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Flashlight vs. Headlamp for hiking
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eric chan
(bearbreeder) - F
hmmmm on 11/05/2010 18:43:20 MDT Print View

what do you call

eric sets off late in the day off banana peel with girl .... tries to impress this girl with his aweseome 5.7 climbing skills ... goes up the wrong route ... gets benighted on the route... girl was not impressed and did not want to bivy with eric ... eric was forced to descend the apron using his teenee weenie petzl elite


Chris Peichel

Locale: Eureka
Recommendation on 11/05/2010 18:56:02 MDT Print View

I recently got a zebralight H51. I have been playing with it at night, my wife already knows I am a little strange.

I really like this light. amazing throw and comfortable as a headlight or handheld.

I grabbed a used alkaline battery out of the drawer, and this light is super bright. The voltage on this used battery is exactly 1v. I can't imagine how much brighter this light would be with a new battery, either lithium or alkaline.

I have always carried a spare light, a princeton tec pulsar attached to my truck key.
The H31 looks great too, I like the cr123 batteries, but I wanted the bright white.

Bob Gross
(--B.G.--) - F

Locale: Silicon Valley
Re: Recommendation on 11/05/2010 19:26:32 MDT Print View

Chris, the way a charge pump device works (between the battery and the LED) the answer might be that the brightness is not affected much by low battery voltage until the battery is almost dead.

Despite the fact that most of us carry a small headlamp for backpacking, and despite the fact that many of us carry a tiny "pinch-light" or coin battery type light for a backup... one of the more effective night hiking tools is your own human night vision. Granted, it is not so perfect on a dark night, but on a moonlit night it may be all you need for an open trail. Whilst in Army Infantry training many decades ago, I was taught how to properly use my night vision. It is a lightweight backup system, has multiple uses, and it weighs nothing at all. You do have to fuel it by eating the occasional carrot.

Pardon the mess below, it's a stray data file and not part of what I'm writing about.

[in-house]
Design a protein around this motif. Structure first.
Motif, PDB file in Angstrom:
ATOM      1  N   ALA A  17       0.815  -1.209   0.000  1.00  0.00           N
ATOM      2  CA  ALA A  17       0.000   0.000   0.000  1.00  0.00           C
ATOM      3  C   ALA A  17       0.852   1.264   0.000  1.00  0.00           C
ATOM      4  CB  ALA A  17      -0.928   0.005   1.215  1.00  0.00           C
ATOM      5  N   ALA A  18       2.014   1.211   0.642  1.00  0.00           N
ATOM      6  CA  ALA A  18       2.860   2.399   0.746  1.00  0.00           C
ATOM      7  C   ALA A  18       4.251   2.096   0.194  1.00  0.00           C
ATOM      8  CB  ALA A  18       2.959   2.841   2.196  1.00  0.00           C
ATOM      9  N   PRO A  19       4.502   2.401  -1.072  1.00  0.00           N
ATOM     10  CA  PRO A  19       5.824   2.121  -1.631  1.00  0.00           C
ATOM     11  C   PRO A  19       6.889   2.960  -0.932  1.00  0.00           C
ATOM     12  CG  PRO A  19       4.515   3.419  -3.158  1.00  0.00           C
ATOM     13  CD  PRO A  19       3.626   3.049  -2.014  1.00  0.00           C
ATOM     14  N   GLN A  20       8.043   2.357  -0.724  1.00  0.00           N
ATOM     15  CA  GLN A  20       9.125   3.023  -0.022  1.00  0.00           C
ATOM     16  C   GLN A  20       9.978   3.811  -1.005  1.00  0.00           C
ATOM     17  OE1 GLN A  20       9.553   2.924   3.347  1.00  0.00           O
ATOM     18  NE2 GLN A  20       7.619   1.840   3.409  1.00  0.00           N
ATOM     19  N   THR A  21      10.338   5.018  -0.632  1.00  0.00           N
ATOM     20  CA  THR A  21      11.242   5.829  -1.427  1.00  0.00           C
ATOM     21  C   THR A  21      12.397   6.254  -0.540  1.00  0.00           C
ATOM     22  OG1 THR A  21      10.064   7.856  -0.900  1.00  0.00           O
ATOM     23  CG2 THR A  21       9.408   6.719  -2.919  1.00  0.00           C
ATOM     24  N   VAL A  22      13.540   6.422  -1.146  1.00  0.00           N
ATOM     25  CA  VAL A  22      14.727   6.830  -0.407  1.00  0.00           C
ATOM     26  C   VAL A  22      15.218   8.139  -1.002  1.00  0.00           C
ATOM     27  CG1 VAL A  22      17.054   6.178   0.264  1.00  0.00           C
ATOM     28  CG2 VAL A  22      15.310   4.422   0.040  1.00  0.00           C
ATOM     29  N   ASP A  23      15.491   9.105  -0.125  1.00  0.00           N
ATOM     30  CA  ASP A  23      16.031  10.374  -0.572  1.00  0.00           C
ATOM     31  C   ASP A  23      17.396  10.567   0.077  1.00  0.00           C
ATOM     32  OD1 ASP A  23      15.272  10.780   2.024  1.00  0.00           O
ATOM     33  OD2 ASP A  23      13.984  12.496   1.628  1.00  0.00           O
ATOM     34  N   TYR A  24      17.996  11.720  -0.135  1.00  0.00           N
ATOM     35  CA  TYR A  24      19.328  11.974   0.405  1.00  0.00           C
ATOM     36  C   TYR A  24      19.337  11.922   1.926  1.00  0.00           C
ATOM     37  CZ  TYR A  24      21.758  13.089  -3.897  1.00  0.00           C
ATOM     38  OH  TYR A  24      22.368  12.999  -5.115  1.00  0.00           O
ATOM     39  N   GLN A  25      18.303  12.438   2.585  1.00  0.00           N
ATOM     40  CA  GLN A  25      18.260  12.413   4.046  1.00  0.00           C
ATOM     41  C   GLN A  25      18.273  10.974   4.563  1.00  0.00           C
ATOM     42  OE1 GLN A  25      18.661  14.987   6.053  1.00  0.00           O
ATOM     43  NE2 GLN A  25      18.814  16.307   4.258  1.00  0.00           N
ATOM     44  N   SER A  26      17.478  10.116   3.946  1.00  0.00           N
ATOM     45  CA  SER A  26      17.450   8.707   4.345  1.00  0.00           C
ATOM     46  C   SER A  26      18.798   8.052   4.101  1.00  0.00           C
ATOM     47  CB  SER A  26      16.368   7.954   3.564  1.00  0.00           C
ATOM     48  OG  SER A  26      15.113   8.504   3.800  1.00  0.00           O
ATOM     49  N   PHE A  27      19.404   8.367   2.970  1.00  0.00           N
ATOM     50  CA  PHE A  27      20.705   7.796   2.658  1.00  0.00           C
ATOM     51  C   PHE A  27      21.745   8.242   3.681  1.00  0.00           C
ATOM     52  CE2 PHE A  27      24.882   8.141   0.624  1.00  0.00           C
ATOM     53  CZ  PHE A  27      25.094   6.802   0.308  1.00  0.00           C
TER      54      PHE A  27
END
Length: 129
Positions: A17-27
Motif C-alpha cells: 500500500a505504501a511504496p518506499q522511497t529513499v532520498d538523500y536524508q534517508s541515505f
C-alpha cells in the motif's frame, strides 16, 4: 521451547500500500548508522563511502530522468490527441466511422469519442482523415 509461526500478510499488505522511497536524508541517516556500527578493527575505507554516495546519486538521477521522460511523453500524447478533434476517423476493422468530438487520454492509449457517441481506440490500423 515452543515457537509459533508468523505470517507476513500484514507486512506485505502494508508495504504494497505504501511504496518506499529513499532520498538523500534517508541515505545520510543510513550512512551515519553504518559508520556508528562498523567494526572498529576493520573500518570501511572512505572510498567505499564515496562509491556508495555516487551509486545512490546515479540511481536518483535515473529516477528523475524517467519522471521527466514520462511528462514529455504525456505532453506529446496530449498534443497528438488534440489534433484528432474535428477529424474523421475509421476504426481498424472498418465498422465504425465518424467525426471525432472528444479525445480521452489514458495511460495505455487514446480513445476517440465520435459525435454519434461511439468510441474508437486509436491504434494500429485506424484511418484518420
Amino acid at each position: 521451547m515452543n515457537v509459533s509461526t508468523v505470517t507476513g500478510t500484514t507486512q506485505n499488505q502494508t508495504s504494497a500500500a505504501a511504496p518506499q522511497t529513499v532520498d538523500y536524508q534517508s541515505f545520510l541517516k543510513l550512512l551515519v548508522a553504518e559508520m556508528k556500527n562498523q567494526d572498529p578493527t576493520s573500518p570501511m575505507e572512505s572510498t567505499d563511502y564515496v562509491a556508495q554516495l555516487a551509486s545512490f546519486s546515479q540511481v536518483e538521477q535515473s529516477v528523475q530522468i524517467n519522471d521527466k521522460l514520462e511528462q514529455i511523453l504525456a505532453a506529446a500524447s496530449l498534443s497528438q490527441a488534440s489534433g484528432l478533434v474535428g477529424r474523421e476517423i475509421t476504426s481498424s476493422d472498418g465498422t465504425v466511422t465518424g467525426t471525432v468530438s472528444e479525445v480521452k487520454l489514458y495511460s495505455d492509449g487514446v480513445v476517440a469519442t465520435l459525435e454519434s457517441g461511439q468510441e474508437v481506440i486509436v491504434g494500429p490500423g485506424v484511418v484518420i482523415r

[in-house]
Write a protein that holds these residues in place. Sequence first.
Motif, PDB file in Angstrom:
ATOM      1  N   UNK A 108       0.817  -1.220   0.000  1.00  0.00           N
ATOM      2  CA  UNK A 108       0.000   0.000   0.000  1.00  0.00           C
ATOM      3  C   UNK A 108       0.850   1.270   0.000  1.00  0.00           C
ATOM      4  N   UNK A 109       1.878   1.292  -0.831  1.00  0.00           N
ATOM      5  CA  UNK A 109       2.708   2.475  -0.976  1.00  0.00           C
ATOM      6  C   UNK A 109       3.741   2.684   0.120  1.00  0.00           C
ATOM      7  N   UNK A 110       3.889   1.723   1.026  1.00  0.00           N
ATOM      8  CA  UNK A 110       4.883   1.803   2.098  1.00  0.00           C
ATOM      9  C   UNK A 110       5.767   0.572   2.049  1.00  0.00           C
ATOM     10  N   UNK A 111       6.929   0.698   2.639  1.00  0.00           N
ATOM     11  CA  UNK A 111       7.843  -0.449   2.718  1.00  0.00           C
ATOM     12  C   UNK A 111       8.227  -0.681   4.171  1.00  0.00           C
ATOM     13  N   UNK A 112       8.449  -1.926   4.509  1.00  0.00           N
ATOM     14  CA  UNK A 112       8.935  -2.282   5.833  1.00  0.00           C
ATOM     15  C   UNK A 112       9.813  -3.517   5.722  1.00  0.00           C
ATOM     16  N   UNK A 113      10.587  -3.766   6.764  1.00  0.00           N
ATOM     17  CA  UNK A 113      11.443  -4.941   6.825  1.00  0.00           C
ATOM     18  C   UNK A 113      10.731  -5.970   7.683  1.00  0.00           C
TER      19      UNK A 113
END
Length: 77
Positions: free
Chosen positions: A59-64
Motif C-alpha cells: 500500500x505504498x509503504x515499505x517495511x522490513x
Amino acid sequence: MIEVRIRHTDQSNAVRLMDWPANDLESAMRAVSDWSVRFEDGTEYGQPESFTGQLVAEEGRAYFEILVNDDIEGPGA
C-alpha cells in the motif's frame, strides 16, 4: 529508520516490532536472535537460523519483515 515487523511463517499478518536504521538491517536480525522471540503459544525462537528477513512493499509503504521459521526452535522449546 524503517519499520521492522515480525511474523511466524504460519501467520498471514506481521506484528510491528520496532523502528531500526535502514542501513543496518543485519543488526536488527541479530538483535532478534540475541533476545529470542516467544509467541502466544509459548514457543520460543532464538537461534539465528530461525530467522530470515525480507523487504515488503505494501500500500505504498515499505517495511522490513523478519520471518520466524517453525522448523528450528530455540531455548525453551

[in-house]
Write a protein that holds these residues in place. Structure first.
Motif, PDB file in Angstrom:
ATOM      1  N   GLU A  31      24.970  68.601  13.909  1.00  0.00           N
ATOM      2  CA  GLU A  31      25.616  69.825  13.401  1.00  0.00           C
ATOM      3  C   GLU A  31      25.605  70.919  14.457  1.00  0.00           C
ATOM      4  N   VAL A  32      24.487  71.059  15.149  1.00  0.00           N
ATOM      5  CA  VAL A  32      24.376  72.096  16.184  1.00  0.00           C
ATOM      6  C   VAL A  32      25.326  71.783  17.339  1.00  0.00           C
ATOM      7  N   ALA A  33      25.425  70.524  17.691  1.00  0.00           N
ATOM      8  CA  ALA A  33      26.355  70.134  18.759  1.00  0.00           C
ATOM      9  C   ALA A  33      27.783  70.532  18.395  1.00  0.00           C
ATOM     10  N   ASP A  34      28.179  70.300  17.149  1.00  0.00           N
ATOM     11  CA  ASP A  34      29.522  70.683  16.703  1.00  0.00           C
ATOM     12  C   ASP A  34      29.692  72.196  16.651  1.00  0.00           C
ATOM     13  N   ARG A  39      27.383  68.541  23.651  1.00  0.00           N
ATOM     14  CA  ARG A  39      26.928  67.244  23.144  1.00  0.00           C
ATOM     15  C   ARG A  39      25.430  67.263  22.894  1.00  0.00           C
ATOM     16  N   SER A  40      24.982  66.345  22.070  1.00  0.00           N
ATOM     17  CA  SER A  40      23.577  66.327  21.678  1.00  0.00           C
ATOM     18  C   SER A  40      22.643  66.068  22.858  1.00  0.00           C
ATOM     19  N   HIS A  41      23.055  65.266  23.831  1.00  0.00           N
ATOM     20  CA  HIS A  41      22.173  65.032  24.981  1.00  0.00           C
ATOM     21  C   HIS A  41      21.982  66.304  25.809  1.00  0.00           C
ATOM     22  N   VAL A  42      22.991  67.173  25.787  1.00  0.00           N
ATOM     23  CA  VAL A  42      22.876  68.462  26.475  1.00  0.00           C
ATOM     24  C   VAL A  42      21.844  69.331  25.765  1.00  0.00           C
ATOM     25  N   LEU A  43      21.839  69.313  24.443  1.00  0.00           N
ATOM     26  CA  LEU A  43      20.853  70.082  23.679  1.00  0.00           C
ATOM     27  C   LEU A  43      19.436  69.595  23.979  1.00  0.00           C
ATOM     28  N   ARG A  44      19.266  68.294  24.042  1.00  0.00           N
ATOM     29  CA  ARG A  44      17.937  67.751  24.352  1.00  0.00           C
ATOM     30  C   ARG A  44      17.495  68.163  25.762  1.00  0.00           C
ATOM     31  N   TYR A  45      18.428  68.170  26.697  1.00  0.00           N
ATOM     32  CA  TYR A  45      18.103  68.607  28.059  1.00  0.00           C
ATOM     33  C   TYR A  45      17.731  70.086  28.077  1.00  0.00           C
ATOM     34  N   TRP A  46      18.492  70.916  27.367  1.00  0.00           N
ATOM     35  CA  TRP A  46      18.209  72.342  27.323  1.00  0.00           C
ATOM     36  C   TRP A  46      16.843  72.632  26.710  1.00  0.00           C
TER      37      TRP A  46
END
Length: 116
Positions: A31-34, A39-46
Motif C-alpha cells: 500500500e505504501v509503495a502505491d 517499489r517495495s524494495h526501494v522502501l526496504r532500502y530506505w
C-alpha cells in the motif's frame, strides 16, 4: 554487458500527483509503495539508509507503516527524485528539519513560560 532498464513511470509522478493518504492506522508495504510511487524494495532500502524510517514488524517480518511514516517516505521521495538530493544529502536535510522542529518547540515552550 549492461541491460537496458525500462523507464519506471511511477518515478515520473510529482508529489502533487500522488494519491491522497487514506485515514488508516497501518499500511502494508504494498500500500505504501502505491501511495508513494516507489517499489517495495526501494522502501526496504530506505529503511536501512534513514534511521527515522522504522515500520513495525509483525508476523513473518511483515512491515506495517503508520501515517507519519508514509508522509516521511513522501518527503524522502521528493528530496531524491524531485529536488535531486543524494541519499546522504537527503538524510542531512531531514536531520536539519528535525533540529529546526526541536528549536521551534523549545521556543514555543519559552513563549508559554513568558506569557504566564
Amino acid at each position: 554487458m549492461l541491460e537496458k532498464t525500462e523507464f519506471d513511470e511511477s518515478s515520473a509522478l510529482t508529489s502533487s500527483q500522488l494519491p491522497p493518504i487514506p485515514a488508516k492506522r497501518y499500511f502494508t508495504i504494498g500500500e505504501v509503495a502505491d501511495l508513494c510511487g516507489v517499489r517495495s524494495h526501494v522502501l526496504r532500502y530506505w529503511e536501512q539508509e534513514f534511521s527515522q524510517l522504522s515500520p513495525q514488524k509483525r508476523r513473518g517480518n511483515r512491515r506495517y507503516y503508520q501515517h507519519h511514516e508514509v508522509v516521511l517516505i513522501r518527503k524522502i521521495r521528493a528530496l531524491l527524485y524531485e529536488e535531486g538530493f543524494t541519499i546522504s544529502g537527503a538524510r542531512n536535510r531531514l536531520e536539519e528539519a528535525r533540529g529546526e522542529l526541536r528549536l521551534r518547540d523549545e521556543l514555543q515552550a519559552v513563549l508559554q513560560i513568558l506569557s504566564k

Dave -
(FamilyGuy) - F

Locale: Up there
Light on 11/05/2010 19:35:17 MDT Print View

Eric - I don't think you should mention trying to impress a girl and teenie weenie in the same paragraph.....

@ Dan - having backpacked all over the world in every condition imaginable over the past 20 years all I can say is - don't bring a knife to a gun fight. Or, consider the conditions in which you trek and bring equipment that is suitable.

Rick M
(rmjapan) - F

Locale: London, UK
conditioned to be afraid on 11/05/2010 19:42:44 MDT Print View


Edited by rmjapan on 06/18/2015 03:08:33 MDT.

wu demi
(processedin) - F
Re: Flashlight vs. Headlamp for hiking on 06/28/2011 00:13:36 MDT Print View

I think a flashlight is much better for you. I always go hiking with a flashlight which can be used as a defensive tool and lighting. In my bag, there is always a SOS flashlight Xeccon L23. In a emergency situation, it can do a great help to me.

John S.
(jshann) - F
Re: Re: Flashlight vs. Headlamp for hiking on 06/28/2011 07:24:32 MDT Print View

It would be difficult to use most of the type 3.0 inch flashlights as an effective defense weapon since they fit inside your palm...simply too short/small.

spelt with a t
(spelt) - F

Locale: SW/C PA
headlamp on 06/28/2011 11:04:56 MDT Print View

I like my hands free. Right now I use a couple LEDs clipped to my hat brim, but I've been thinking of getting a dedicated headlamp. And I agree with Bob, a lot of times a light is not necessary. When I need one, though, I do need one.

Michael Reagan
(MichaelReagan) - F

Locale: Southern California
Let there be light on 06/28/2011 17:02:05 MDT Print View

Well, there are lots of experienced opinions here but very little consensus. I may as well add to the confusion :o)

To the OP question, I'd recommend any good headlamp that has a strobe feature. I know of at least one case of a hiker who got stranded in the desert with a badly-sprained ankle and activated the strobe on his headlamp, placing it on a nearby boulder during the night. A passing private aircraft spotted the signal and radioed SAR who pulled the fellow out the next morning. Some people think the strobe is a useless feature, but I think of it as extra insurance.

Your headlamp also frees your hands should you be needing them for trekking poles, negotiating tricky parts of the trail, or carrying watermelons...

That having been said, my wife and I once made a 2-mile out of a canyon on a moonless night with nothing more than our Photon Freedom lights. The hike included several river crossings and a bit of scrambling over rocks. I suppose I would have preferred to have a headlamp under those circumstances but our Photons worked just fine. A person can generally get by with far less than he thinks he needs in most situations.


Edited by MichaelReagan on 06/28/2011 17:02:35 MDT.